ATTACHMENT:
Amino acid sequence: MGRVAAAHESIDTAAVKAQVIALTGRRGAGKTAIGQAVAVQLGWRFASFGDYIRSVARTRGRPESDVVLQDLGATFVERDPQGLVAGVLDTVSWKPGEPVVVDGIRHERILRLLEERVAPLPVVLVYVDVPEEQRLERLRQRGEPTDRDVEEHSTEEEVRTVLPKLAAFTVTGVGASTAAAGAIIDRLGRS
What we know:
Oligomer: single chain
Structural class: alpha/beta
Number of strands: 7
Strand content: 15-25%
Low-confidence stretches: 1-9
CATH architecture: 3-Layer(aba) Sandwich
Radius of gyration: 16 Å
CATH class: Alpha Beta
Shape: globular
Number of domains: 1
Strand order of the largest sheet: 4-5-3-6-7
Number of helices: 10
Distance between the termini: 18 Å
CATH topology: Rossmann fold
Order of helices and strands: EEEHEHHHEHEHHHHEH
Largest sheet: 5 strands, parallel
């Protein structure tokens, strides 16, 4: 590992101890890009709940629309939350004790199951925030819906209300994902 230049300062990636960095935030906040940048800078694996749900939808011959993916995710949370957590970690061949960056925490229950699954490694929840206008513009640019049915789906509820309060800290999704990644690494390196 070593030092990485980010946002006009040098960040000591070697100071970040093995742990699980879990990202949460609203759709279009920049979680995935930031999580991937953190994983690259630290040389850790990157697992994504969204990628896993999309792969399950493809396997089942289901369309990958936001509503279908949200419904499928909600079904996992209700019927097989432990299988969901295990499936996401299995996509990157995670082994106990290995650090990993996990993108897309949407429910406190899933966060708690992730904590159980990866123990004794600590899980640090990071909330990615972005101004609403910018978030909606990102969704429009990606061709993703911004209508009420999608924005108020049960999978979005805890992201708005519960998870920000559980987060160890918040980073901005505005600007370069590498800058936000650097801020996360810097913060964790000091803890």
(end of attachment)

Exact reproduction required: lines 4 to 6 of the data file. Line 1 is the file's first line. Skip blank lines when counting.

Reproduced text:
Structural class: alpha/beta
Number of strands: 7
Strand content: 15-25%